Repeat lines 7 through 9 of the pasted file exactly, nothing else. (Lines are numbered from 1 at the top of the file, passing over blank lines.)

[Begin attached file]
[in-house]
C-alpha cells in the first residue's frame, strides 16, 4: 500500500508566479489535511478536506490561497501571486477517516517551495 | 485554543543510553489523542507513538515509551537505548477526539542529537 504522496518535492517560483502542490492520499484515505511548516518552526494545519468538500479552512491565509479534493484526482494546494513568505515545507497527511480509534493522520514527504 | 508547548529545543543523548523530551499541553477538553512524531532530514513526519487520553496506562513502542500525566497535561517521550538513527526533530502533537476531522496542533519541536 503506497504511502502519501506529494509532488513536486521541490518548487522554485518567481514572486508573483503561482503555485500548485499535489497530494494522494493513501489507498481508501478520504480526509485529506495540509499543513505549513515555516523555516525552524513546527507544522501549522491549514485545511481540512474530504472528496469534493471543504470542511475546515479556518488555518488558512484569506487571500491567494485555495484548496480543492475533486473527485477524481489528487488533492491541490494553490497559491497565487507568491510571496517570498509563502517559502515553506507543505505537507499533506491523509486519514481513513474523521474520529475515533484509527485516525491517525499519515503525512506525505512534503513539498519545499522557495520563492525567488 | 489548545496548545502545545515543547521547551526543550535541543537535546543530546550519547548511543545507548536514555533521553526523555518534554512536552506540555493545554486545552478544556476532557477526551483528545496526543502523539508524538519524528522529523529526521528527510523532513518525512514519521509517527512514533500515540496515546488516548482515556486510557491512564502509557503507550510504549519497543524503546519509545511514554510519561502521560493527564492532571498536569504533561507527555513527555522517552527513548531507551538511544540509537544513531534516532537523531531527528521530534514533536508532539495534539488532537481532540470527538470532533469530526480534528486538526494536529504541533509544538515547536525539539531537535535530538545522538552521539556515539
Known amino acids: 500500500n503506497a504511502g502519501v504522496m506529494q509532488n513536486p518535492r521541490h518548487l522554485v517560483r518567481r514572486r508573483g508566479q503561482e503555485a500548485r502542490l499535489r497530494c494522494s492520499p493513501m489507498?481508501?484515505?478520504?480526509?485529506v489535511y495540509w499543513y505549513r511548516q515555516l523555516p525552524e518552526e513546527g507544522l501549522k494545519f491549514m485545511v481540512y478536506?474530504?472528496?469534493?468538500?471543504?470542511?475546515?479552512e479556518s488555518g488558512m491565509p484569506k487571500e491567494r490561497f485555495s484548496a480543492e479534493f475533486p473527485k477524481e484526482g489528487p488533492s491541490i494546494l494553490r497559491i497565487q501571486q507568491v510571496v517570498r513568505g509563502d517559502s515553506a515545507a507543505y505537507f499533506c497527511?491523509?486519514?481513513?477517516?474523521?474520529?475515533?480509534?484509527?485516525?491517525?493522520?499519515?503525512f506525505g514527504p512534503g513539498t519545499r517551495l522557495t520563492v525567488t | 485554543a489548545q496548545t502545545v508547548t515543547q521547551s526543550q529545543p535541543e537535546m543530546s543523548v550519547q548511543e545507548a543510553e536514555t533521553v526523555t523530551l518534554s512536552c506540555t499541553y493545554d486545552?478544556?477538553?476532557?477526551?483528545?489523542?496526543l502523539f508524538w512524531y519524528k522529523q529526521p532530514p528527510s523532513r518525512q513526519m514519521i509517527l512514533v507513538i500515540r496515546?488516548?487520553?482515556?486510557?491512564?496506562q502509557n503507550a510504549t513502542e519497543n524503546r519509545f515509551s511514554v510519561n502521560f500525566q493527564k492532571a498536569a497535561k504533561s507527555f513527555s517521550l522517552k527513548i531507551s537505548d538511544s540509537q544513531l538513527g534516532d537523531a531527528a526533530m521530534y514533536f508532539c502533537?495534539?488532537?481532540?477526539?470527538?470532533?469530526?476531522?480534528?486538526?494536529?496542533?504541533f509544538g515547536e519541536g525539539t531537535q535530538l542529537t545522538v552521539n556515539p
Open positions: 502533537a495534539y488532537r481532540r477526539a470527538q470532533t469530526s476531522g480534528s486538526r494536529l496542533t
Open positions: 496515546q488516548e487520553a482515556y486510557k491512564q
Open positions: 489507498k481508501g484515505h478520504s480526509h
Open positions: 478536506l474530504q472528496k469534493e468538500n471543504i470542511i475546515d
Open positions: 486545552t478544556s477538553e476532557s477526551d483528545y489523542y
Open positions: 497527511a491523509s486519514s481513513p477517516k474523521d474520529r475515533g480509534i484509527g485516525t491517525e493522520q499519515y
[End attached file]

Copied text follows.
Open positions: 478536506l474530504q472528496k469534493e468538500n471543504i470542511i475546515d
Open positions: 486545552t478544556s477538553e476532557s477526551d483528545y489523542y
Open positions: 497527511a491523509s486519514s481513513p477517516k474523521d474520529r475515533g480509534i484509527g485516525t491517525e493522520q499519515y